The Simpsons’ Treehouse of Horror Episodes, Listed and Analyzed
It sounds wrong, but it’s true: The Simpsons’ Treehouse of Horror series was what introduced many kids to horror.
Long before their parents allowed them to watch The Shining or Friday the 13th, children of the 90s and the early 2000s were watching cartoon parodies of those very same movies. In a way, these short spoofs function as a perfect gateway to the genre. Each segment breaks down what makes horror so special with equal doses of reverence and irreverence.
For those unfamiliar, here’s a quick introduction. Treehouse of Horror is the annual Halloween episode of The Simpsons. Each episode typically is made up of three bite-sized episodes that each take on a different piece of horror media. These topics can range from Poe to The Twilight Zone to everything in between.
The level of inspiration used in each segment varies. When a movie is being parodied, the segment will generally stick pretty close to the script. Others, however, will just take a typically scary idea and run with it. Homer’s time-travelling odyssey due to a broken toaster isn’t necessarily a shot-for-shot remake of any film, but the tropes still ring true.
The First Episode
An important thing to keep in mind for newcomers to The Simpsons’ Treehouse of Horror episodes is that the roman numeral tacked onto the end of each installment of the series doesn’t actually line up with what season it’s from. You might expect “Treehouse of Horror VI” to be from the sixth season, but it’s actually from the seventh.
This is because we didn’t get the first Simpsons’ Treehouse of Horror episode until season two. The episode, simply titled “Treehouse of Horror,” didn’t hint at a yearly series beginning. It did, however, establish many of the traditions that would continue in future installments. It marked the first appearance of recurring aliens Kang and Kodos, the three-segment structure, and the disclaimer opening.
The first episode also was the one in which one of the most acclaimed Treehouse of Horror segments appeared. Before wrapping up the episode, Lisa launched into a reading of “The Raven” by Edgar Allan Poe. The cartoon adaptation of the poem, narrated by the legendary James Earl Jones, was so strong that English teachers to this day still show it in class.
“The Raven” segment still stands as an encapsulation of what makes Simpsons’ Treehouse of Horror so great. It showed the writers’ deep understanding of literary history by creating such a faithfully chilling atmosphere; it showed the ability for each of the characters in the series to work as stand-ins for horror stereotypes; and it was damn funny.
Early Simpsons’ Treehouse of Horror Episodes
Since that first episode of Treehouse of Horror, there have been multiple standout additions to the series. “Treehouse of Horror IV” had the stellar “Bart Simpson’s Dracula,” a short that poked fun directly at Francis Ford Coppola and indirectly at the general cheesiness of the gothic. “Nightmare Cafeteria” from “Treehouse of Horror V” has shades of Soylent Green, but it is also just genuinely terrifying in its own right.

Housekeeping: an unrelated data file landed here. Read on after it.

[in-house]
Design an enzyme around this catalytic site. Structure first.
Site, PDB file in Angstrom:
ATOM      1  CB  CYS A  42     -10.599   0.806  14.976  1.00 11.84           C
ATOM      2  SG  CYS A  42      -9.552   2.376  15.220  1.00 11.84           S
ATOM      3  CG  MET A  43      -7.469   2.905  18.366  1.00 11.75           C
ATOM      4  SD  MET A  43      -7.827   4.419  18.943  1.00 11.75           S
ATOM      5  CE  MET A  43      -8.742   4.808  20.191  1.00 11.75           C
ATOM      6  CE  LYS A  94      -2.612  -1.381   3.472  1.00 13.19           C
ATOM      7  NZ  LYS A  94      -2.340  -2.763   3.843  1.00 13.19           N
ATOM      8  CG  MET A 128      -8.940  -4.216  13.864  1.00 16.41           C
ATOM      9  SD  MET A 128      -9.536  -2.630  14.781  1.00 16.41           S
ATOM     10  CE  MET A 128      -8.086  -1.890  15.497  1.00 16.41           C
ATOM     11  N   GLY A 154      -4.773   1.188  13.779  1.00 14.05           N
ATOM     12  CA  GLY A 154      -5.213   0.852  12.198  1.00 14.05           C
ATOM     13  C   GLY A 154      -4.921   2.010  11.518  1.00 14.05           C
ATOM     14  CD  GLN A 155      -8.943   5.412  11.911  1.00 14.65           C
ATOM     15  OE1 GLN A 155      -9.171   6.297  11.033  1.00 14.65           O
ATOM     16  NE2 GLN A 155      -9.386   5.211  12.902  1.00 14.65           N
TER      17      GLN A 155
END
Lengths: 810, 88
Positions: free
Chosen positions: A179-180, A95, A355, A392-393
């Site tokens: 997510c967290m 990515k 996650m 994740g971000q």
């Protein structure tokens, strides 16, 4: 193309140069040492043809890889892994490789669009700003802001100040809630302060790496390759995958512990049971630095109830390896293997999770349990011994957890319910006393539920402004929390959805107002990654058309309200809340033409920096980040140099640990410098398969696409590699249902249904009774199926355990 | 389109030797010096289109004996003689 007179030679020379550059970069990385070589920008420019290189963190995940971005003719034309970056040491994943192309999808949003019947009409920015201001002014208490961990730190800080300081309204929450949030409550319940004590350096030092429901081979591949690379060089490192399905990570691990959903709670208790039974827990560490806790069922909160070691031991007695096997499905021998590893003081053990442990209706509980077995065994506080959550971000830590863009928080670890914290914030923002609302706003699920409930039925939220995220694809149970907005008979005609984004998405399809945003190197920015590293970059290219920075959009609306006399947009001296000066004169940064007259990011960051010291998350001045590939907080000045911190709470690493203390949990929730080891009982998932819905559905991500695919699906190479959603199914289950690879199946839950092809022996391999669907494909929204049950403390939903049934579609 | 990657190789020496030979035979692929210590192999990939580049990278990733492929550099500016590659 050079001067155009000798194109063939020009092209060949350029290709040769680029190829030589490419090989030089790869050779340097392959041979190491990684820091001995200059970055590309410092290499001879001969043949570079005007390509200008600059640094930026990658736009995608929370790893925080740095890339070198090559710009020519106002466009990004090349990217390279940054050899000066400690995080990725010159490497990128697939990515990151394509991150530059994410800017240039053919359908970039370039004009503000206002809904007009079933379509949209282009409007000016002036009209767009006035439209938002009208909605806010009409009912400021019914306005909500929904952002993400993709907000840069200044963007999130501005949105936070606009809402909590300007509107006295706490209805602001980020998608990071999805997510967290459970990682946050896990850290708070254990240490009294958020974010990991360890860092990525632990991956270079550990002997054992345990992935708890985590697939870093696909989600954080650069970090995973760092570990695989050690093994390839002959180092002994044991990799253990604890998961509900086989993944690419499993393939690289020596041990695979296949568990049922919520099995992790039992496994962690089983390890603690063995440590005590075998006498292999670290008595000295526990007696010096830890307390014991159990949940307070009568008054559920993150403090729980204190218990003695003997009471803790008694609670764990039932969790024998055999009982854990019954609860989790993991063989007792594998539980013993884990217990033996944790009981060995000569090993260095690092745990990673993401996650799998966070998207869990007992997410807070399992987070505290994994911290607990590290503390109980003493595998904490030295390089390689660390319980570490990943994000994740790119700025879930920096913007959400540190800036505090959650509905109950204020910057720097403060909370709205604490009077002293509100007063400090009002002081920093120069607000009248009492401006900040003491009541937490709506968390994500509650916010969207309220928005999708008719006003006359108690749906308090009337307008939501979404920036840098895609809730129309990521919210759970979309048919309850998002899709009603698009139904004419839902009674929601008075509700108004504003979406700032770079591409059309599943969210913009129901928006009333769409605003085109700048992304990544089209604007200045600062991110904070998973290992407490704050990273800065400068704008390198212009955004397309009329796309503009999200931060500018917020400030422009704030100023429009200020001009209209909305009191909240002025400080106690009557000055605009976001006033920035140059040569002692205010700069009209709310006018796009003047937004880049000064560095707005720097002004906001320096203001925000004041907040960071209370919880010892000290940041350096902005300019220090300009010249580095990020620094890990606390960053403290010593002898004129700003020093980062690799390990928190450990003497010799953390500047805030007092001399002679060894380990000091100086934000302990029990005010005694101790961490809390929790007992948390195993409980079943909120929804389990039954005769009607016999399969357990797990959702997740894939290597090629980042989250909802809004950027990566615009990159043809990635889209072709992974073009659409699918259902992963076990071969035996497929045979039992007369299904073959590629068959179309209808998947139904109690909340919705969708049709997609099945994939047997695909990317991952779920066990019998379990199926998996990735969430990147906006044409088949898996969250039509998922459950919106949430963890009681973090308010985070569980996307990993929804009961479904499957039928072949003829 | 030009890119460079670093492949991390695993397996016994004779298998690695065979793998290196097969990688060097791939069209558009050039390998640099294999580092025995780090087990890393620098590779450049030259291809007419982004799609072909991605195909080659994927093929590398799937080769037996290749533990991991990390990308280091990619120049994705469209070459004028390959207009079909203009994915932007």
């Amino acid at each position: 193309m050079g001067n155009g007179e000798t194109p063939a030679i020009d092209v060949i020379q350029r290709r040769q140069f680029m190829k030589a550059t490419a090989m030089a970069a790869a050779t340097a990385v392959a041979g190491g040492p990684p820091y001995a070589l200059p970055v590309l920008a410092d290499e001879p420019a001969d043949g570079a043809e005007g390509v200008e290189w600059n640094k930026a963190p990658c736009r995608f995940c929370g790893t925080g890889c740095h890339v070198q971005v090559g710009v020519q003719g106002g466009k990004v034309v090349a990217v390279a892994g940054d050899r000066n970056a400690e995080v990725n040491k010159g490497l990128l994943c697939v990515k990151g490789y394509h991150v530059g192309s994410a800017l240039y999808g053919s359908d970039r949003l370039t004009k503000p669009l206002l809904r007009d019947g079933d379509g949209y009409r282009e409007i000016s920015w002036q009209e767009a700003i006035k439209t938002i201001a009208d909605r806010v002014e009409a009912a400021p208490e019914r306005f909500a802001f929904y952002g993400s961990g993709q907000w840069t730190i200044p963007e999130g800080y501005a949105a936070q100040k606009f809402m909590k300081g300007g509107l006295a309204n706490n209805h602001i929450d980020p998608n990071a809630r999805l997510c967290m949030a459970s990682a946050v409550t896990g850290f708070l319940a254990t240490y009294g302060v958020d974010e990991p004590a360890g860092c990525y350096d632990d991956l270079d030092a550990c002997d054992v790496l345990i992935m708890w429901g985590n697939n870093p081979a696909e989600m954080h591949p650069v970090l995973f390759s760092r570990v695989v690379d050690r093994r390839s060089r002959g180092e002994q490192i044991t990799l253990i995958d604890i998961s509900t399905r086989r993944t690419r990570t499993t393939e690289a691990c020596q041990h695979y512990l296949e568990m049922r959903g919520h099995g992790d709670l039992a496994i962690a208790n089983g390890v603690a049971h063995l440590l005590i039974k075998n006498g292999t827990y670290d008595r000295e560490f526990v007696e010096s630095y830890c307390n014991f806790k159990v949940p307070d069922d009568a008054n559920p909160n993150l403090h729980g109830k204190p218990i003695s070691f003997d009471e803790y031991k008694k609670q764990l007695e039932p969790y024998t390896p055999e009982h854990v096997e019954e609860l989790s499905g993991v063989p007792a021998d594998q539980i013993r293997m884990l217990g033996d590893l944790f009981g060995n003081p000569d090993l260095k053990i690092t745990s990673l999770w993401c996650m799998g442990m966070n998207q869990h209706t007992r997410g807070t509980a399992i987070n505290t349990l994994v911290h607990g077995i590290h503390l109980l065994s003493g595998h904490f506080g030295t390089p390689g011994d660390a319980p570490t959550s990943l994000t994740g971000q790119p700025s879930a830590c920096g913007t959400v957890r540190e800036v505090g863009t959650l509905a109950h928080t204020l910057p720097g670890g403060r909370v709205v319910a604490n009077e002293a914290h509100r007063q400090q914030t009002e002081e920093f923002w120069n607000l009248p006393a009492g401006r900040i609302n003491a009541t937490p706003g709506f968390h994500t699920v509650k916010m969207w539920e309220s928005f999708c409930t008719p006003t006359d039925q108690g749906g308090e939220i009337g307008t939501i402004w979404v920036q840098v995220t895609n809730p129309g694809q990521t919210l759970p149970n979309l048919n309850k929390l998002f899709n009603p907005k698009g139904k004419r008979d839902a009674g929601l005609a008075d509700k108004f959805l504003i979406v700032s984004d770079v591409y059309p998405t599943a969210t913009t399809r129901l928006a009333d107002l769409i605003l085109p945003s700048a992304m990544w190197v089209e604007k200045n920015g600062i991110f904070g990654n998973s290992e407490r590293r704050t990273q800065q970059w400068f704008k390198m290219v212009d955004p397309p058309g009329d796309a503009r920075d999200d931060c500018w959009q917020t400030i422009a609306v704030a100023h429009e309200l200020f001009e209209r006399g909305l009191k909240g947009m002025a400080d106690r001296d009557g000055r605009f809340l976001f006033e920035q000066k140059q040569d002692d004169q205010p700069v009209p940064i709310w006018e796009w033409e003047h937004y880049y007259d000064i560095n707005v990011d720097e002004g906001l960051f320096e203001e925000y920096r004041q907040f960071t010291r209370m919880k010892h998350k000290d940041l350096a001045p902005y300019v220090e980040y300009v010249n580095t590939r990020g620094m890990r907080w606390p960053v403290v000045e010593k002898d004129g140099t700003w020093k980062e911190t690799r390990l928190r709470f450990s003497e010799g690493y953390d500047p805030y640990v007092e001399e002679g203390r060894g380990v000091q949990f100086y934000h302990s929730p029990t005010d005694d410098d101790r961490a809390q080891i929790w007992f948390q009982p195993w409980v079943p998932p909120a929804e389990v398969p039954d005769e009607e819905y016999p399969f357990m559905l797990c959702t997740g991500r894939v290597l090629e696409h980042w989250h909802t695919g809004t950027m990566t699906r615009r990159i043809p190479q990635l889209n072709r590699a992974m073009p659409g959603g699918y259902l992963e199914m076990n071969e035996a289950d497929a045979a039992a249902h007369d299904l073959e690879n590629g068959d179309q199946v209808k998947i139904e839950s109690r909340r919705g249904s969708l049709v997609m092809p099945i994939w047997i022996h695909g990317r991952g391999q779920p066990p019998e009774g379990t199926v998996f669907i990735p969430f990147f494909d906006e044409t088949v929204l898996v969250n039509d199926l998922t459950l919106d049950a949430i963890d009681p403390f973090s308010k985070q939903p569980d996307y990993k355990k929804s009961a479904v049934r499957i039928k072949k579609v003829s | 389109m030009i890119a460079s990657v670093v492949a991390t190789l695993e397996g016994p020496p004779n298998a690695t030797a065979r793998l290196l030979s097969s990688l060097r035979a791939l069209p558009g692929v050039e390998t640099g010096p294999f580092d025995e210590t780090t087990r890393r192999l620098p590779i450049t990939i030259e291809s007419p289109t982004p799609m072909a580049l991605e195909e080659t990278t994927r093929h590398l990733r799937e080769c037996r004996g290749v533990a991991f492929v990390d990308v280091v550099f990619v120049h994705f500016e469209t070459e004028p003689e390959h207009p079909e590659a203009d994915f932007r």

And that is where the real brilliance of Simpsons’ Treehouse of Horror lies. While it can just be appreciated as a laugh-fest like the other Simpsons episodes, there are also some segments and moments that are pretty scary. The Tron-inspired creepiness of “Homer^3” is unsettling, and a few of the other parodies trade out humor for realism and end up nearly as scary as the source material.
Of course, at the end of the day, it’s a cartoon designed to make us laugh. But the writers behind the Simpsons’ Treehouse of Horror episodes understand why horror is intriguing and scary, and they regularly include that in the series. The episodes work on their own, but they can also tend to feel like a sort of analysis of the genre as a whole. Like the entirety of The Simpsons, Treehouse of Horror episodes can be appreciated on many different levels of subtlety.
Later Episodes of Treehouse of Horror
As horror – particularly horror cinema – has continued to grow and become more multifaceted throughout the course of The Simpsons existence, the Treehouse of Horror series has largely refused to innovate. Just like the first installment, the new episodes take on scary stories both classic and new. As a perfect example, “Treehouse of Horror XXXII” parodies both Parasite and The Ring.
There have been some changes since the series heyday in the 90s, though. The newest episode showcased five segments rather than the usual three. Additionally, many have criticized the writing on the modern episodes to be far below the quality established by their early predecessors. (The fact that newer episodes of The Simpsons are being critically dismissed should come as no surprise to diehard fans.)
Regardless, Treehouse of Horror remains one of the standout examples of horror in the world of cartoons today. Despite how you may feel about the status of the writing on the show, it’s great to have the trends and tropes of horror being critiqued, parodied, and celebrated on such a large stage.